Sunday, January 27, 2008
Saturday, January 26, 2008
From individual displays for each of the ten years to the time capsule display to the beautiful birthday candles painted by our Art staff (each of the ten candles represents a year's theme), you can see the history of Chets Creek as you walk through the lobby.
Each day WCCE, the student hosted morning news cast, has revisited a video clip from a previous year. On the first day of this celebration week, the children saw footage of that very first day, as Chets Creek opened with children boarding the Magic School Bus with Mrs. Frizzle to journey to their new school. On Tuesday the current children revisited Mrs. Frizzle and the Magic School Bus that brought those first children from three different elementary schools in the middle of the year to the newly built Chets Creek Elementary. Today's children hopped on those same buses and watched a video of that first magic ride. The video then took them through the years with photographs. Even Mrs. Frizzle was the same - well maybe ten years older!
On Wednesday we celebrated with a breakfast for our alumni - children and adults. Alumni were invited back for breakfast and were guest readers for the entire day. Each guest read their favorite Book of the Month from a previous year. This was a chance for the original students and faculty to meet once again and remember and share stories about those years gone by. It gave our present faculty and children a chance to understand the rich history that their present is built upon.
On Thursday all of the faculty and children were dressed to represent one of the themes from a previous year. From Hollywood to Racing to Cowboys, the teachers (the Kindergarten Team on left) entertained their grade level at a birthday bash. The Kinder teachers performed their rendition of the Hokey Pokey to the delight of their students! Then the kids sang "Happy Birthday" and had their chance with the "Chicken Dance!" Each child enjoyed a birthday cupcake and treat bag delivered by the CCE Paraprofessionals!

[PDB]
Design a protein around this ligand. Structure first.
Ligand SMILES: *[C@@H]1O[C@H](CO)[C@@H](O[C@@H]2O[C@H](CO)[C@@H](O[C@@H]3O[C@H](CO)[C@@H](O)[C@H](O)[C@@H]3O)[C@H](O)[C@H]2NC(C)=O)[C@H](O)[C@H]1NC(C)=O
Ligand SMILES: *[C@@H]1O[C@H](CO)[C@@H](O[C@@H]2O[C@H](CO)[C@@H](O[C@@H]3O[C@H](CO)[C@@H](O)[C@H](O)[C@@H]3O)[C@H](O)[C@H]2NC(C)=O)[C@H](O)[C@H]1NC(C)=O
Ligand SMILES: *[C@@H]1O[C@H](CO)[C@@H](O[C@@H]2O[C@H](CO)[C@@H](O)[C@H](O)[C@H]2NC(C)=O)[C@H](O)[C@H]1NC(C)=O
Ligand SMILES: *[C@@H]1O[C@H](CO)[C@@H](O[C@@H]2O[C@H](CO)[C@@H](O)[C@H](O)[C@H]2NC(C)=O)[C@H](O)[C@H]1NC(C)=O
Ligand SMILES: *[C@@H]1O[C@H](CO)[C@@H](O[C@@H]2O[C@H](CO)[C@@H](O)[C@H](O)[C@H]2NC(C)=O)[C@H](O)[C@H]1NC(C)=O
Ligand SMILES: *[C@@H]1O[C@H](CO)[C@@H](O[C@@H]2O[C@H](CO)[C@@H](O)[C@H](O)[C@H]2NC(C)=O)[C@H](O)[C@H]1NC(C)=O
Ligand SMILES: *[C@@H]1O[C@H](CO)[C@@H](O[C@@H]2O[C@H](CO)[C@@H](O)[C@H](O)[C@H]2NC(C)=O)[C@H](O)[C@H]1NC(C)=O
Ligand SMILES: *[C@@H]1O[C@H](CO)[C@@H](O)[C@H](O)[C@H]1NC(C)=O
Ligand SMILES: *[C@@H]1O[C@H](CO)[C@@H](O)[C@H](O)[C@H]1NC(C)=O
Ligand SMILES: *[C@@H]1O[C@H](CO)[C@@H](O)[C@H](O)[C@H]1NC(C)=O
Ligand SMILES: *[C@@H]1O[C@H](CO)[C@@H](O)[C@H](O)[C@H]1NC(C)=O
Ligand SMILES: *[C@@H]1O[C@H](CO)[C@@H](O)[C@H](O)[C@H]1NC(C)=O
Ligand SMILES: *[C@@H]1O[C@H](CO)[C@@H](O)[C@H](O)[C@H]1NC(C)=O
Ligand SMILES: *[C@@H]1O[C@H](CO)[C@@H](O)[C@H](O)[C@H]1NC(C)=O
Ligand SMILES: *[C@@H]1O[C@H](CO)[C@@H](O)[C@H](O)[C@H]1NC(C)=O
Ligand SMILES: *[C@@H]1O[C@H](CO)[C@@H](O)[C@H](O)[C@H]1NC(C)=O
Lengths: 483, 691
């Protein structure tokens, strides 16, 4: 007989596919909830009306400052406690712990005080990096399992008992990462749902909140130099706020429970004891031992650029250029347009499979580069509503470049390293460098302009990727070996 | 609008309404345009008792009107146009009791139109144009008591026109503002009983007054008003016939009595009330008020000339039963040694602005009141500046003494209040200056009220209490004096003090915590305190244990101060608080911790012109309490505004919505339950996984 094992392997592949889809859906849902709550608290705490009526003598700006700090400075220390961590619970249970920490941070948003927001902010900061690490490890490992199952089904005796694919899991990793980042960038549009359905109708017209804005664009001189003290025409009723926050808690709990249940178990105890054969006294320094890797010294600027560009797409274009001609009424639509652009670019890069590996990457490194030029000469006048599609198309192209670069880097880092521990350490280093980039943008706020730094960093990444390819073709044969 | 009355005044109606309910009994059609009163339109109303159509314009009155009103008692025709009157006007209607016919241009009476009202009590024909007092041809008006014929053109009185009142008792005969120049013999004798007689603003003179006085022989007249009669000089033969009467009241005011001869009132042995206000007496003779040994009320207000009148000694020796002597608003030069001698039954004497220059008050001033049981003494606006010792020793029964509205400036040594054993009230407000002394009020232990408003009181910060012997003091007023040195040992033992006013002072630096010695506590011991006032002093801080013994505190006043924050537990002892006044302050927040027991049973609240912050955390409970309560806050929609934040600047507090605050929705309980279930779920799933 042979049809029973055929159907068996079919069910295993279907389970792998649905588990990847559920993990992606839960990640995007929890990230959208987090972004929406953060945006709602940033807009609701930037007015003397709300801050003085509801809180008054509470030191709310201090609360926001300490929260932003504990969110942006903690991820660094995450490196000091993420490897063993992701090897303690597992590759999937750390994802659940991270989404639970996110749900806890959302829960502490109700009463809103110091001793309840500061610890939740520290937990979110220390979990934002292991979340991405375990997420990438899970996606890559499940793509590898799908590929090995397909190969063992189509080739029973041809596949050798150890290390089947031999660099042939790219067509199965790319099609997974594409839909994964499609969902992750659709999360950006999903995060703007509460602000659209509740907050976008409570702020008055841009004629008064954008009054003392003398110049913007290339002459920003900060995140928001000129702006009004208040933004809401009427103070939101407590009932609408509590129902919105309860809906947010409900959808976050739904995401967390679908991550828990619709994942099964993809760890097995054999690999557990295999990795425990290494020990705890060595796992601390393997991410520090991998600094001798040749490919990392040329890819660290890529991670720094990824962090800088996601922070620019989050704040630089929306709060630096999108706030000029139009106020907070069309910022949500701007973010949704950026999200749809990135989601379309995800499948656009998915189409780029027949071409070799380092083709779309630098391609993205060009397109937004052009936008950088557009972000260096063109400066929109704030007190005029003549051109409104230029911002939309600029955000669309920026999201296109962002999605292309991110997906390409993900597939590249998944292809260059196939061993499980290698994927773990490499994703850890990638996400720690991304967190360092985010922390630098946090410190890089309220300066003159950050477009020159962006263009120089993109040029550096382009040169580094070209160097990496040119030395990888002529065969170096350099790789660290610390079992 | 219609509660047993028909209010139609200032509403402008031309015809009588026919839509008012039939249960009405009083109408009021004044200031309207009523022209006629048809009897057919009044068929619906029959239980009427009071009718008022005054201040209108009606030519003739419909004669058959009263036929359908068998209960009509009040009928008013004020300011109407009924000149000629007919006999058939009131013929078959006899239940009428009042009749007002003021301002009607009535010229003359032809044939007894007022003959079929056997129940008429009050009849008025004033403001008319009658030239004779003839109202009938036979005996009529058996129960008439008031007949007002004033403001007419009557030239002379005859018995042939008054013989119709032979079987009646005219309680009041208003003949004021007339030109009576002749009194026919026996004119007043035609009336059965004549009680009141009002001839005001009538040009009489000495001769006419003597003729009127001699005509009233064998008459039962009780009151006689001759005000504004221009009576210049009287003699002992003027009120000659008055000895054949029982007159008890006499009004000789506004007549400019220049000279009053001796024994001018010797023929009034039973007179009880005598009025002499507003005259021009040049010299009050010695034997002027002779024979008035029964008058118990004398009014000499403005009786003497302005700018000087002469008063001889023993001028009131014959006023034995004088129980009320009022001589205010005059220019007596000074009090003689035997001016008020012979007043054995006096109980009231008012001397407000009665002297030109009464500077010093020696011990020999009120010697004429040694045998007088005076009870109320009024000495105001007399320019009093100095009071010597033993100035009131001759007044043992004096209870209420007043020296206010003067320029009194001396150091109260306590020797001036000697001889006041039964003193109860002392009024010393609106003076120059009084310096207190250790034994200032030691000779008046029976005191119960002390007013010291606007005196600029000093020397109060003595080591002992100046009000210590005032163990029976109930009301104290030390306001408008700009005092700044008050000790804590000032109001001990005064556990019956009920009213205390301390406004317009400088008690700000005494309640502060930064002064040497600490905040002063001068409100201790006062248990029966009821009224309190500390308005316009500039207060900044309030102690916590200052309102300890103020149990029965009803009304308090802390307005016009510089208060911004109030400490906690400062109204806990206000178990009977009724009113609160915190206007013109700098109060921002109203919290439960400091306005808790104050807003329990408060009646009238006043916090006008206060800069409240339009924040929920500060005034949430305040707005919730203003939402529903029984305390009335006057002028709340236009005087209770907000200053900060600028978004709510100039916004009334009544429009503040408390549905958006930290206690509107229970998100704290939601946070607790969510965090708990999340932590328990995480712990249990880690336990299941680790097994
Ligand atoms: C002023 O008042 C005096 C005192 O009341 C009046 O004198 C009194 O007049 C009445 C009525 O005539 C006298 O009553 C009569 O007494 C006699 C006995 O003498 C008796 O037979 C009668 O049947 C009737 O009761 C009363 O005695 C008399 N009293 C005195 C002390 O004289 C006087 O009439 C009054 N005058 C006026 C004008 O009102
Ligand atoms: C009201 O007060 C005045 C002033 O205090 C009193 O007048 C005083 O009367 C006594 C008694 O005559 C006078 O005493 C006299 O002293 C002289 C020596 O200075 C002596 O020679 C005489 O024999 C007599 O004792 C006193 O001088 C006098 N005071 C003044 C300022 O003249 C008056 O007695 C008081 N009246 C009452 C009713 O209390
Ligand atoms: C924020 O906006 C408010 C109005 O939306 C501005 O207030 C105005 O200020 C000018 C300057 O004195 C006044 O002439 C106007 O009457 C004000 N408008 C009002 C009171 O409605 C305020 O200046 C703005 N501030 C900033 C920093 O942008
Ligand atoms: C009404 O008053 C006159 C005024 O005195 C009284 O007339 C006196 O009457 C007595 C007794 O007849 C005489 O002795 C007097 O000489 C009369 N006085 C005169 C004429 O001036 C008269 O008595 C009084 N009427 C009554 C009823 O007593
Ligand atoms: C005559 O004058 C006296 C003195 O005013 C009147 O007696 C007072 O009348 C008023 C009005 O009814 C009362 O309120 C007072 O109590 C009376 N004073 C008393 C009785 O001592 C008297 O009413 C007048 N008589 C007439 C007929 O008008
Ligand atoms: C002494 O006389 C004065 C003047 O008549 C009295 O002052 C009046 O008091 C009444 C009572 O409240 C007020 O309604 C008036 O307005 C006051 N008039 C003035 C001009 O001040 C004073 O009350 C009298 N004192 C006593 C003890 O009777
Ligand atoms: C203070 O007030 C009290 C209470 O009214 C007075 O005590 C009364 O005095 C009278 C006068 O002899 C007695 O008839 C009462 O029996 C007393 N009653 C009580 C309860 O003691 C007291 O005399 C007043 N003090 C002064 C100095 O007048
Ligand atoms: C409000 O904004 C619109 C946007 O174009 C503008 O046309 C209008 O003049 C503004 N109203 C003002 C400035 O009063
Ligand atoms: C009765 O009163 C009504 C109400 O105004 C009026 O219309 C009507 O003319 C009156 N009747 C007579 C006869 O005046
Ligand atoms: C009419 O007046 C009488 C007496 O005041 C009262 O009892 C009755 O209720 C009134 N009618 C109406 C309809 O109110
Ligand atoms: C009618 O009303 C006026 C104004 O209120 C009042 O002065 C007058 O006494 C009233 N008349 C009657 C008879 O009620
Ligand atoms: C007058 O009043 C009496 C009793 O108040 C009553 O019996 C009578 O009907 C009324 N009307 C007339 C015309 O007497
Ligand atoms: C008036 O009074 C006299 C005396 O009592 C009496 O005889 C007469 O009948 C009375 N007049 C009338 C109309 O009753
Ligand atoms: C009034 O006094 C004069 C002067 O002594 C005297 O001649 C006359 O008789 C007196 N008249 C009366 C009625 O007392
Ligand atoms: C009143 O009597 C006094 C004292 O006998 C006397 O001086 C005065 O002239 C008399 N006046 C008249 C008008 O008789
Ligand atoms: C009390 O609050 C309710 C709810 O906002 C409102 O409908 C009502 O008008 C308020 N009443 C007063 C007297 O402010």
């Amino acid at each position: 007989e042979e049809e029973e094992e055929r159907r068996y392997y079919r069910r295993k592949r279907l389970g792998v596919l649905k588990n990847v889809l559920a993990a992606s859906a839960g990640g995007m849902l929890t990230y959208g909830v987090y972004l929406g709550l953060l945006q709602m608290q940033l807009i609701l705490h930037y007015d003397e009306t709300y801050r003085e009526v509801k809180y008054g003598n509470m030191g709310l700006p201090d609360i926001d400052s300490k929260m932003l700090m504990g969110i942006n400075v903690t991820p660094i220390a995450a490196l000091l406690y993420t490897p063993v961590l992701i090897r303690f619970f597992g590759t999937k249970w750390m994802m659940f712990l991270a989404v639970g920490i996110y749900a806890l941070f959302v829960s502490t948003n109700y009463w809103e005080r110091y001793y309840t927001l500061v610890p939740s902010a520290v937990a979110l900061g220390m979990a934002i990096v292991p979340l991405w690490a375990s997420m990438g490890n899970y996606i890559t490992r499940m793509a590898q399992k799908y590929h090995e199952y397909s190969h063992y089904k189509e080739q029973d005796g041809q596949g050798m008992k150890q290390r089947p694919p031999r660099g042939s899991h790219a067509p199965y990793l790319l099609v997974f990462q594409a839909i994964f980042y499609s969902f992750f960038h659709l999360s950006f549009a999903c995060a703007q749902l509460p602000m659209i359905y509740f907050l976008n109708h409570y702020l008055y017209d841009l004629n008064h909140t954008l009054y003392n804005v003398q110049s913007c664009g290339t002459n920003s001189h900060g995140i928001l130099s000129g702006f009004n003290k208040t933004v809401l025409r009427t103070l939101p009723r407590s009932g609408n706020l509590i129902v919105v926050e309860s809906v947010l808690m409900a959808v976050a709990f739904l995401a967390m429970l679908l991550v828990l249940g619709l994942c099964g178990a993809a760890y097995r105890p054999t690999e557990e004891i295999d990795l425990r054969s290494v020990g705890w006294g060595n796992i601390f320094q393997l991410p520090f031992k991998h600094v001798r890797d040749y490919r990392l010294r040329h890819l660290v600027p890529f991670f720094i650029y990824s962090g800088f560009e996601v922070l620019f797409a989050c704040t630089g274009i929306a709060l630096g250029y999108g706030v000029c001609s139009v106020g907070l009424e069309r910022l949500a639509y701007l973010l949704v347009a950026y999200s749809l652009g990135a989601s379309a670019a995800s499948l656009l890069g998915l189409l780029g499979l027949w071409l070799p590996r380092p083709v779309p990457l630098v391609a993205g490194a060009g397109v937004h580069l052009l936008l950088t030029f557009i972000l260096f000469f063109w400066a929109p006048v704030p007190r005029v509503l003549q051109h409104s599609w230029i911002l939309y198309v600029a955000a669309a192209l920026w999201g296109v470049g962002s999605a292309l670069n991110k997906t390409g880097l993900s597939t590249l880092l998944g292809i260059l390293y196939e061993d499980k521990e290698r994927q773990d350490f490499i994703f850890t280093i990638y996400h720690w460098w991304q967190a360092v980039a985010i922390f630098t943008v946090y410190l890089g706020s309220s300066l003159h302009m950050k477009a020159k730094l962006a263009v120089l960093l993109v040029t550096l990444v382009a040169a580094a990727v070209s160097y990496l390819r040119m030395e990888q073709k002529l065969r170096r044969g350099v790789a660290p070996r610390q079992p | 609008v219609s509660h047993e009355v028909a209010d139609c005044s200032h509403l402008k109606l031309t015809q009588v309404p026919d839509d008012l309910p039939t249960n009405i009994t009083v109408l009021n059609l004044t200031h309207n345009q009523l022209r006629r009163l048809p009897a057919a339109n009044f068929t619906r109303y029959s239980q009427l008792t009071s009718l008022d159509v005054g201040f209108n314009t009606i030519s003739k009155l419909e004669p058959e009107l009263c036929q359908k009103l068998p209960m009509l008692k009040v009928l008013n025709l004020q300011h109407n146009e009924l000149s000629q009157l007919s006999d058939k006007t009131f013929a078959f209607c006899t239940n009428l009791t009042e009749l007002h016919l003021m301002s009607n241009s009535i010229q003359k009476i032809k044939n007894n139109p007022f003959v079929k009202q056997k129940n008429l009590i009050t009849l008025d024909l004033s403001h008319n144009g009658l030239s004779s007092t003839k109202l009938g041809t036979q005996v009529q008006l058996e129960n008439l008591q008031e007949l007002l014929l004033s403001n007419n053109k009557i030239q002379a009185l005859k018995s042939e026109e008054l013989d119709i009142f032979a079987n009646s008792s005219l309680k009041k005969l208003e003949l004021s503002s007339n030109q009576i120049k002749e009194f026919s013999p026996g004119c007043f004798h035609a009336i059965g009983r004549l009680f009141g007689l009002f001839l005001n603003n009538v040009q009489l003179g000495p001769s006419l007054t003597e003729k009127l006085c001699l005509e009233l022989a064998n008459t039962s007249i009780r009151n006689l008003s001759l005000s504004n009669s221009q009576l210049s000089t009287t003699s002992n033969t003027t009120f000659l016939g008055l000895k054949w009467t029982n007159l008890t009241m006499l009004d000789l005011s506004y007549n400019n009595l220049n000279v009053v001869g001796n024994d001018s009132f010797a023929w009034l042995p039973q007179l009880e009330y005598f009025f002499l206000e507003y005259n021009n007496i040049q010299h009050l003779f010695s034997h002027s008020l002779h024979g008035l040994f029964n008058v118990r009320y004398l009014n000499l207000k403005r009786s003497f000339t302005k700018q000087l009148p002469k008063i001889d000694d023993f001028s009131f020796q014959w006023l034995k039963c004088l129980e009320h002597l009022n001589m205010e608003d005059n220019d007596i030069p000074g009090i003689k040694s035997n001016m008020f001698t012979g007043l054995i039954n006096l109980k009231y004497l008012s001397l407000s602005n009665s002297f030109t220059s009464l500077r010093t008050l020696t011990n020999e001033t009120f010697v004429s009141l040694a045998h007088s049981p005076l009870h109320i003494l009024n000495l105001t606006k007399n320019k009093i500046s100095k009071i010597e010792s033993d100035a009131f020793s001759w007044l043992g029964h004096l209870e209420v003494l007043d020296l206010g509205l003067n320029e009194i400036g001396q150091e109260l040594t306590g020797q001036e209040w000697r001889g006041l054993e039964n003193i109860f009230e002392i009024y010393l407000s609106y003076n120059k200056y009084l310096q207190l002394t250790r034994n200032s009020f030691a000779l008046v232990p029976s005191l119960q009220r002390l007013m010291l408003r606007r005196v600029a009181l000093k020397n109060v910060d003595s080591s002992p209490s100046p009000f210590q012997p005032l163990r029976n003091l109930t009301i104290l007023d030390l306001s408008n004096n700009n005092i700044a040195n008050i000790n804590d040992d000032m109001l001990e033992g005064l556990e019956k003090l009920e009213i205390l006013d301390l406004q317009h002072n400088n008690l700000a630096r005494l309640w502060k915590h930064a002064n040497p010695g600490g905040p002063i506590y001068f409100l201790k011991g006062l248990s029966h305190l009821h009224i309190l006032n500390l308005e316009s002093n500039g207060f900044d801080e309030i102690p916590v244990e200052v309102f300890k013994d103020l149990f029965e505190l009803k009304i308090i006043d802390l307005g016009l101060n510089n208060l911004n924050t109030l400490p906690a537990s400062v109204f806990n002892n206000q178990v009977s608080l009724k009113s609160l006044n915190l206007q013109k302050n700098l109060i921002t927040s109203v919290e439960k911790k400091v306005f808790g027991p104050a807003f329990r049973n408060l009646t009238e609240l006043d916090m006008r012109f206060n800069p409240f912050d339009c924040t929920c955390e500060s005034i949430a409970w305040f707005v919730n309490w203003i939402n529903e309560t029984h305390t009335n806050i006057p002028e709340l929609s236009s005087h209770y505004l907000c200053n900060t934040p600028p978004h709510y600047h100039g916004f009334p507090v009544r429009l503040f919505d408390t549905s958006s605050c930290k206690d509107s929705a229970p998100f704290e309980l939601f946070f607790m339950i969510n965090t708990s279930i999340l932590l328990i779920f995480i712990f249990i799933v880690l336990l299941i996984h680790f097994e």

On the final day of the week-long celebration, the school held a flag raising ceremony much like the first one at Chets Creek. This time the Chets Creek patrols stood with the award-winning honor guard from Sandalwood High School which contained Chets Creek graduates. Principal Phillips briefly reviewed our history as one of the top 20 schools in the state of Florida and then read from the book, C is for Chets Creek which was written by this years' students. Each class wrote a page about the traditions and history of the school.
Thursday, January 24, 2008
Wednesday, January 23, 2008
Tuesday, January 22, 2008
The Mackarados featured a Math board by representing a survey adapted from their Math Investigations unit.
Ms. Sasso also used Math for her standards-based board. She had the children use birthday objects to show how they can be sorted in different ways.
Mrs. Lewis looked at the Social Studies Standards as students wrote about their birthdays now and birthdays of one of their grandparents long ago to understand the concept of history. Notice how she used black and white to represent days gone by and colors to represent the present!
Other teachers presented work around the narrative unit, "Small Moments," the genre of writing that we are revisiting after the holiday. Children wrote about birthday memories.